Anti-Muslim hate crime has skyrocketed by more than 500 percent following the May 22 concert suicide bombing in the city, Manchester police said yesterday. The number of Islamophobic crimes recorded by the Greater Manchester Police between May 22, 2017 - the date of the deadly attack by Salman Abedi - and June 19, 2017 was 224.
This is a sharp increase from 37 in the same period last year, according to police figures. The increase rate is 505.40 percent.
These latest figures follow a pledge of increased security for Muslim communities after Monday's Islamophobic terror attack in Finsbury Park, north London.
Anti-Muslim hate crime was already on the rise - by 186 percent - in April (April 22 - May 17) before the Manchester attack, which left 22 dead and dozens injured. This surge was prompted by the major terror attacks in Manchester and London, said a senior police chief.
"When a major tragedy occurs such as the attacks in Manchester and London, it is sadly not unusual for there to be a spike in the amount of hate crimes, specifically against race and religion, but thankfully they do decrease again quickly," Greater Manchester Police Assistant Chief Constable Rob Potts said in a statement.
British Prime Minister Theresa May said on Wednesday that no matter what disagreements exist, "we can all at least welcome the focus in this Queen's Speech on stamping out extremist and hateful ideology of any kind, including Islamophobia."
May said Monday's Finsbury Park attack, where a van was driven into a group of Muslims leaving prayers, was a terrorist attack and described it as a "brutal and sickening reminder that terrorism, extremism, and hatred can take many forms". London's Metropolitan Police yesterday formally identified a 51-year-old father-of-six who died at the scene of Monday's attack as Makram Ali, originally from Bangladesh.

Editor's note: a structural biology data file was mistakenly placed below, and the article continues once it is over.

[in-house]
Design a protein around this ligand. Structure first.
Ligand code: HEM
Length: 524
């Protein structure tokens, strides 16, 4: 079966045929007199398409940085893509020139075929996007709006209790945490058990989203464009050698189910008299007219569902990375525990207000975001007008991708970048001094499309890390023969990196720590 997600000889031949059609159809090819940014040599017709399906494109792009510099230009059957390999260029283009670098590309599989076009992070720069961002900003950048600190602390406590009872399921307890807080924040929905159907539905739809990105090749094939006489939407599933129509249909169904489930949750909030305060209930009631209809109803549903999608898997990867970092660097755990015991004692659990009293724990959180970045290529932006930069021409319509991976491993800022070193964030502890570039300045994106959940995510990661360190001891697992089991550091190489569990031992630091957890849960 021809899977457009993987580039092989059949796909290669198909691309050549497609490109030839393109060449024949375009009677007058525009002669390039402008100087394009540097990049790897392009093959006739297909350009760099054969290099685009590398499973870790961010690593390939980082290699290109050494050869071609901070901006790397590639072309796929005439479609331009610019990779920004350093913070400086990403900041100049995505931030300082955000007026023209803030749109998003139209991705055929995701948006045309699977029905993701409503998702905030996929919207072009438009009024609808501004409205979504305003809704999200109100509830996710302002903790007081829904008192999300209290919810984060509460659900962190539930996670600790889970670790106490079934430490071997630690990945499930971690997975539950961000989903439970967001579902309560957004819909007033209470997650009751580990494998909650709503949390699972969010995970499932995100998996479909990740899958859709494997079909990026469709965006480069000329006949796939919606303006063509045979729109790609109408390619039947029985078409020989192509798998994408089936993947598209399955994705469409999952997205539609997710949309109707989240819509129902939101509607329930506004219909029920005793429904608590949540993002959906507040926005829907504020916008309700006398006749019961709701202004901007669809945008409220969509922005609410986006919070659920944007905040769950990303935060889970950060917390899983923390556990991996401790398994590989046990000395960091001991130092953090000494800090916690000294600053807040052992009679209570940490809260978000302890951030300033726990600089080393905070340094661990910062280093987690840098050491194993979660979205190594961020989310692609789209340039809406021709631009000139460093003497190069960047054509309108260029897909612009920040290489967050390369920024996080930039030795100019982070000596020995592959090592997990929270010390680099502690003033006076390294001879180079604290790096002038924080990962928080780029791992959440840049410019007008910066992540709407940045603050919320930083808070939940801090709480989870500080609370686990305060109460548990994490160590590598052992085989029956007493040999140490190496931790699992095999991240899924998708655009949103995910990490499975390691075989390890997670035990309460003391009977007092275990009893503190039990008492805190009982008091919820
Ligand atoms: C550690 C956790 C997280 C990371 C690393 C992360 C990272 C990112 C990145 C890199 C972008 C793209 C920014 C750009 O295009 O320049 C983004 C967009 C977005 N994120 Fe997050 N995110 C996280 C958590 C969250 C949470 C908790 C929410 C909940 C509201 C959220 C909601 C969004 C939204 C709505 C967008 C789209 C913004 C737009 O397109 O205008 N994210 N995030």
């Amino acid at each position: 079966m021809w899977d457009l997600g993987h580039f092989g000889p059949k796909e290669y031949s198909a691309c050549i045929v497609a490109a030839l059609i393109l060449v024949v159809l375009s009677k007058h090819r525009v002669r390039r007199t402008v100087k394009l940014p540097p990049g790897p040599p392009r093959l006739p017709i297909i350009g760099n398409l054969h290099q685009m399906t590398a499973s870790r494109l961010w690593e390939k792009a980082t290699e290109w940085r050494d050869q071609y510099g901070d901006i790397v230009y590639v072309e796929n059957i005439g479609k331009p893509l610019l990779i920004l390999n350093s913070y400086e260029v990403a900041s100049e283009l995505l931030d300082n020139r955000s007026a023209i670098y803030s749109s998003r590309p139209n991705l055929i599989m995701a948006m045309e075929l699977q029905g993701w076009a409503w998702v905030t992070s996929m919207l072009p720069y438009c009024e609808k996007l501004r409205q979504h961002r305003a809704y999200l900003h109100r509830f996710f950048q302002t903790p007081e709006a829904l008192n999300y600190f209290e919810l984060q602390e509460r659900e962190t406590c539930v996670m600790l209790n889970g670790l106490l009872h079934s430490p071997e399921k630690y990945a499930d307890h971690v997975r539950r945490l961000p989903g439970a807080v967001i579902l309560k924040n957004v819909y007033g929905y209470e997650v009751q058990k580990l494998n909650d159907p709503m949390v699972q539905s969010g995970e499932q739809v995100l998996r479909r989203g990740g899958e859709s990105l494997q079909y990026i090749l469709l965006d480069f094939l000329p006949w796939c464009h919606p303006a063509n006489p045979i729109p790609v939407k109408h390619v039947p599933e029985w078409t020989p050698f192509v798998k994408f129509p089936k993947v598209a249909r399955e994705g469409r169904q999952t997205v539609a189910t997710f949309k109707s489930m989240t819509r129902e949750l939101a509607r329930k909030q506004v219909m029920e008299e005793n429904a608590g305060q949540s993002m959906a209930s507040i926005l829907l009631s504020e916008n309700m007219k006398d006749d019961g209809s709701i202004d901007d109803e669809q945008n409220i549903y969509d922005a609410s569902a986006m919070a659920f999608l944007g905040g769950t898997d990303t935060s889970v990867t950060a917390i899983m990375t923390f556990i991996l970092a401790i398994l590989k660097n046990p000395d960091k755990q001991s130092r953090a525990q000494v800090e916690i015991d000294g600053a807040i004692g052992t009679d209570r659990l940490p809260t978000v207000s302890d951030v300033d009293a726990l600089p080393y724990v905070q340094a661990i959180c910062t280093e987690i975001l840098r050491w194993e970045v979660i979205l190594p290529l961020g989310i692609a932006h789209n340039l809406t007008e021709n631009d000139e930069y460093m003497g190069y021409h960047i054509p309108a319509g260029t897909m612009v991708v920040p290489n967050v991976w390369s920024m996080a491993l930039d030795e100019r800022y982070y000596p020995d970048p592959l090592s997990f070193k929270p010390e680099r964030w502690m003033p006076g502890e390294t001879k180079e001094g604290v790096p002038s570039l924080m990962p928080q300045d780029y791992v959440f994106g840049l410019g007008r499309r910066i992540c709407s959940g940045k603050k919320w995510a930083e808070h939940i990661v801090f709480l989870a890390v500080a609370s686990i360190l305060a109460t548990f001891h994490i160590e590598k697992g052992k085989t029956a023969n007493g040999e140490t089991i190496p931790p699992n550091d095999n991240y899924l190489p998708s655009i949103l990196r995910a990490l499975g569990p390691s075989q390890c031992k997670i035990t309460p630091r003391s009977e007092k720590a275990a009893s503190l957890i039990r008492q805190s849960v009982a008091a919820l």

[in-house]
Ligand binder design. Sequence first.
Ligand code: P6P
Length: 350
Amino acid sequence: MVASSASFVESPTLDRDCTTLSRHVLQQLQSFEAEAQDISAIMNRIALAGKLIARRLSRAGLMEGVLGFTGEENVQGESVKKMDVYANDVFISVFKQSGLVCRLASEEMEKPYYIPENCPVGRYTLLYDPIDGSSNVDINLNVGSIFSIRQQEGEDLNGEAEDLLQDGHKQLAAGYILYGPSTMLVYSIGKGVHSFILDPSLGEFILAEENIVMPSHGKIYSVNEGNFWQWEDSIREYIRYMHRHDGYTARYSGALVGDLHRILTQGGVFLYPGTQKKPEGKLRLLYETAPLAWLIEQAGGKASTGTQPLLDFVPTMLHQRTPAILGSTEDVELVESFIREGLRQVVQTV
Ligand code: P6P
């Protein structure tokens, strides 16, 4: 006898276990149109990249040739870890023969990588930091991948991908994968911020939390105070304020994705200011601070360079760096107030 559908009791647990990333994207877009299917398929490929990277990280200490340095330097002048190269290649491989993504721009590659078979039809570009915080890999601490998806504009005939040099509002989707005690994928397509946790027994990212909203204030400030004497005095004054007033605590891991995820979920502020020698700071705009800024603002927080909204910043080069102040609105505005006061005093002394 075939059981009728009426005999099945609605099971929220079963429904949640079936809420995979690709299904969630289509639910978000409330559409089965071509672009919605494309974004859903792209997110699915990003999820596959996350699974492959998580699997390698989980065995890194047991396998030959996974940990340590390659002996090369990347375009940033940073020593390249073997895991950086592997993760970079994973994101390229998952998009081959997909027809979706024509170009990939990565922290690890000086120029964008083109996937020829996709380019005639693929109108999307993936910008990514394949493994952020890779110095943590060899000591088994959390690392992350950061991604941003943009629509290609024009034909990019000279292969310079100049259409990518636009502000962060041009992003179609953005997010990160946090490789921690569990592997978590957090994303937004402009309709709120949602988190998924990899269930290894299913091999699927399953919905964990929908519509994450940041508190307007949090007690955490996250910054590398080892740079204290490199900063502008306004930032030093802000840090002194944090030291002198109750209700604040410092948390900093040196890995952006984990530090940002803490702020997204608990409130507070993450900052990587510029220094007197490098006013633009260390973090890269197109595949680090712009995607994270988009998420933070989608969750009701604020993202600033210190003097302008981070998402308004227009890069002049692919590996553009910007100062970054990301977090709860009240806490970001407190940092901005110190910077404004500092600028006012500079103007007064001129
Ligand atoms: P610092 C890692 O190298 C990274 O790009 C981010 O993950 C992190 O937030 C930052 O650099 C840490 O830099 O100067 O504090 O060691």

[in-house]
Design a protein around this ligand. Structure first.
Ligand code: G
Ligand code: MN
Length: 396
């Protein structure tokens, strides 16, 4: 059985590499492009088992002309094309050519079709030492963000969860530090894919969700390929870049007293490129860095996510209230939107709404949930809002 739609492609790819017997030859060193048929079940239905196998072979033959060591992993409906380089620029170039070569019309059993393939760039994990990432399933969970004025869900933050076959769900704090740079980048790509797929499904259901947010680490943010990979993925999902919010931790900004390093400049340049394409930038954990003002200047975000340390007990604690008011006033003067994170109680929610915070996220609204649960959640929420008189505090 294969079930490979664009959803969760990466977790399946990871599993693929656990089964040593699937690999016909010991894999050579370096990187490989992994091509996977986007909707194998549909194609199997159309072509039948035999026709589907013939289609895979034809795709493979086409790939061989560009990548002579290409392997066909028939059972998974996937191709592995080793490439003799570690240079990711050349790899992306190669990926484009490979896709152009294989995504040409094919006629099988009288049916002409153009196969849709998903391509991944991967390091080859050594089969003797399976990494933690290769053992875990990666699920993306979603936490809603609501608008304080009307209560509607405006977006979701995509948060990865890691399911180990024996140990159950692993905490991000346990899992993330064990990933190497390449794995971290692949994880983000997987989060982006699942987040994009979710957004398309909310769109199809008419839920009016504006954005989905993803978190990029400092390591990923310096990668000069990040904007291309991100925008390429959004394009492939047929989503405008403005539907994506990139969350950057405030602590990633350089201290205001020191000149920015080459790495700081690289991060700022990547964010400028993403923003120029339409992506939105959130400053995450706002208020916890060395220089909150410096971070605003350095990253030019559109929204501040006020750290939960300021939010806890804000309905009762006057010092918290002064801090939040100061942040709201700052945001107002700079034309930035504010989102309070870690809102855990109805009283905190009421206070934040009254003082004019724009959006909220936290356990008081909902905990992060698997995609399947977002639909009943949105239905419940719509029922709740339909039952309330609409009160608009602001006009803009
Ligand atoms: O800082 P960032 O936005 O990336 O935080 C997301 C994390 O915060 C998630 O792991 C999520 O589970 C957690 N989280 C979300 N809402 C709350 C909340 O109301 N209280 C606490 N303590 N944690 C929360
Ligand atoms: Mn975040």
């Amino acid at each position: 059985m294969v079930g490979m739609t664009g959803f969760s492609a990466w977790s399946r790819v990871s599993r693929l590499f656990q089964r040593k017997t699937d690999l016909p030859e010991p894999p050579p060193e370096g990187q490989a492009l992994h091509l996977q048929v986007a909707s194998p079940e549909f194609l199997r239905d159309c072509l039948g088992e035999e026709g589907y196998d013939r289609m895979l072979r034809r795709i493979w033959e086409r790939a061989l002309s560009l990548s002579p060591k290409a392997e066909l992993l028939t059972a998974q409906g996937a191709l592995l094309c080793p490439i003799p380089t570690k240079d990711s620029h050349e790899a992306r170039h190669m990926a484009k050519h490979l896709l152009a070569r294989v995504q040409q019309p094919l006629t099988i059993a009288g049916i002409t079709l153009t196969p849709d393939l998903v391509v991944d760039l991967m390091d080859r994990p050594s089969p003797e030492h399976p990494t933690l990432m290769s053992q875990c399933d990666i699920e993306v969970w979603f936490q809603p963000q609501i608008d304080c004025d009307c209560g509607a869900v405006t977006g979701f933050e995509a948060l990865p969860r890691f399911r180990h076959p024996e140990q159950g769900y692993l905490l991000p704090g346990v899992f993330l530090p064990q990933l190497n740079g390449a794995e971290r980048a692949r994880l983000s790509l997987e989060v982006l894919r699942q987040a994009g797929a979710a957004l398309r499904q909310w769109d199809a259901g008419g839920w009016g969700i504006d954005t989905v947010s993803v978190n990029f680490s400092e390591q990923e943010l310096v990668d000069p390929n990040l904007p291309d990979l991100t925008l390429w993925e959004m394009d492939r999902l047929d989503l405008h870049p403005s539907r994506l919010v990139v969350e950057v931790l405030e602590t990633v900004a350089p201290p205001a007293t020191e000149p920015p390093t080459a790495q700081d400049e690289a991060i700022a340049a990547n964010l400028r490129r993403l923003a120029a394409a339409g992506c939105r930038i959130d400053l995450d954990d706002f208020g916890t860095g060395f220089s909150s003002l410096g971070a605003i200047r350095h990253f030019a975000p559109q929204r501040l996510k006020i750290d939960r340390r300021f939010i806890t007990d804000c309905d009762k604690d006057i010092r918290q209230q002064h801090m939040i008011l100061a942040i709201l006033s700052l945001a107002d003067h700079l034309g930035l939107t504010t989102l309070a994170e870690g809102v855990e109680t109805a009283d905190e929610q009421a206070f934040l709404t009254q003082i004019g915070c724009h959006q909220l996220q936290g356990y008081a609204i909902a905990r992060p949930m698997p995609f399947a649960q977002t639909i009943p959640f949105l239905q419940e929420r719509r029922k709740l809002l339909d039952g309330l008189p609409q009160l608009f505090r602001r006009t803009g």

Until this week, the assassination of lawmaker Jo Cox a year ago was the most visible manifestation of the darker undercurrents at play among far-right fanatics in Britain. But many Muslims say they have long been suffering from daily abuse that has only intensified as tensions surface over flashpoints such as Europe's refugee crisis and Britain's Brexit vote to quit the EU.
Some attacks are physical or verbal, others involve graffiti, the hurling of feces and vomit, or smearing bacon on car windscreens.
According to government statistics, British whites accounted for 91 of 260 arrests for terrorism-related offenses last year, an increase of 28 percent from 2015 and the only ethnic group to show an increase.
Fiyaz Mughal, founder of Tell Mama, a group that collates figures on anti-Muslim incidents, said the hatred that appeared to have motivated the far-right groups did not come from nowhere.
"But sadly, whenever you have a major incident, you have headlines and opinion writers who are allowed to spew out some of the most inflammatory content simply to spawn clickbait and newspaper sales," Mughal told AFP.
"It makes what people feel privately respectable and real," he said, arguing that an attack like Osborne's was inevitable in that context.
Raffaello Pantucci, a counter-terrorism expert at the Royal United Services Institute, concurred that the spread of "poisonous rhetoric" from far-right websites to mainstream media and politics legitimized it in public discourse.
"It's unfortunately a vicious circle," he said, pointing to extremist reactions among some Muslims, "and it's going to be hard to stop in this febrile atmosphere."
Guardian cartoonist Martin Rowson responded to the Finsbury Park attack with a drawing of Osborne's hired van bearing an advertisement on the side: "Read The Sun and Daily Mail."